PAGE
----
Ken Rosenthal suggests that in this economy some teams may not offer arbitration to Type A free agents to avoid risking a payroll hit. Further, some players may opt to accept the certainty of arbitration over "a volatile free agent period."
The Dbacks were always expected to offer arbitration to Adam Dunn and he was expected to decline thus netting Arizona two draft picks to compensate for the three players they dealt in August. In arbitration, Dunn would command $15-16MM. Says Rosenthal,
"…if the D-backs made the offer, it’s doubtful that Dunn and his agents would determine by midnight Saturday that a multiyear contract was beyond their reach. What’s more, the D-backs always could trade Dunn if he accepted their offer. In that sense, he would be an asset on a one-year deal; the Nationals, among other teams, would jump."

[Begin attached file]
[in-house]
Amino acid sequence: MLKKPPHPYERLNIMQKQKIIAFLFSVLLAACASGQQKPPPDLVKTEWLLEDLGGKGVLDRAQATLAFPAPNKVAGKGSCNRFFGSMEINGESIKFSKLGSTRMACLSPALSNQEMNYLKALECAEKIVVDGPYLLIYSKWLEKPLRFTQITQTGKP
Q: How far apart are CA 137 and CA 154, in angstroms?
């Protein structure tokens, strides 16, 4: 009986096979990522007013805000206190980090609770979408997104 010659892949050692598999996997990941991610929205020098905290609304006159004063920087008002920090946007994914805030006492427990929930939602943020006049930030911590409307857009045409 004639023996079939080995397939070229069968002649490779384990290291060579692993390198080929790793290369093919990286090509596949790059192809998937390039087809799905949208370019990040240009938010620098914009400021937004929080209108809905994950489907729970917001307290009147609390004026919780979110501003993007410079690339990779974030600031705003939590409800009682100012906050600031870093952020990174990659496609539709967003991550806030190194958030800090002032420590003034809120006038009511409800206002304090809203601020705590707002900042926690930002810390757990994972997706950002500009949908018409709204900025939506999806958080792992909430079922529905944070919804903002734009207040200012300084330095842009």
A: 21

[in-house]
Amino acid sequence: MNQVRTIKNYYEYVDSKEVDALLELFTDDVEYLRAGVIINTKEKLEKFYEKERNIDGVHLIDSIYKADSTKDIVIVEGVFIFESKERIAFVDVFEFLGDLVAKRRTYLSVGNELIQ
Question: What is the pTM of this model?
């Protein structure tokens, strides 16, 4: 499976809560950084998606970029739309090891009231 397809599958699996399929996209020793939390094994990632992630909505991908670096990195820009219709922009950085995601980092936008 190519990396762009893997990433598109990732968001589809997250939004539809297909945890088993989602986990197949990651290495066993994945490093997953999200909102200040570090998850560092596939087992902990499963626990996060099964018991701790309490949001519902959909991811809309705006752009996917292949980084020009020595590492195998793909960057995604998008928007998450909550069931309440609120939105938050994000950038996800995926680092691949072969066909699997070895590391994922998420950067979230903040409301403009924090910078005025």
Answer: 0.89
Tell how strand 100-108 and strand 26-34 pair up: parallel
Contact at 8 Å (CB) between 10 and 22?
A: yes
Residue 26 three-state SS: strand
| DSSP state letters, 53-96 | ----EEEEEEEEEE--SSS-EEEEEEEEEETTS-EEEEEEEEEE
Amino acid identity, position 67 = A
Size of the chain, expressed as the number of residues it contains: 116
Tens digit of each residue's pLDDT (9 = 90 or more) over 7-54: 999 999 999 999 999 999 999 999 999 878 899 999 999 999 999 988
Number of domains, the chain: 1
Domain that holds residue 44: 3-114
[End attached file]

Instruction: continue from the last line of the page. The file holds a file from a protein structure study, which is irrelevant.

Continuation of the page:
In arbitration, Kerry Wood would get around $9-10MM per year but it’s obvious the Cubs are not interested in even one year at that price – that money is better spent improving the rotation. The Cubs see Carlos Marmol, not Wood, as their closer and have opted to replace their setup man by trading for Kevin Gregg rather than paying Wood to slot into the role. Rosenthal notes Wood said he would have returned on a one year deal, and if he were to accept arbitration then the Cubs would most likely look to deal him – perhaps to the Rangers?
Rosenthal also points out that arbitration contracts are not guaranteed, but releasing Wood in Spring Training would result in a grievance by the players union. It would be hard to justify releasing a player of Wood’s caliber.
Ben Sheets could command $13-14MM in arbitration and for an ace-quality pitcher that’s reasonable. Rosenthal makes this easy:
"If the Brewers fail to offer Sheets arbitration, it will be a clear indication that club officials are concerned about his ability to stay healthy in 2009. And remember, the Brewers know Sheets better than any other team."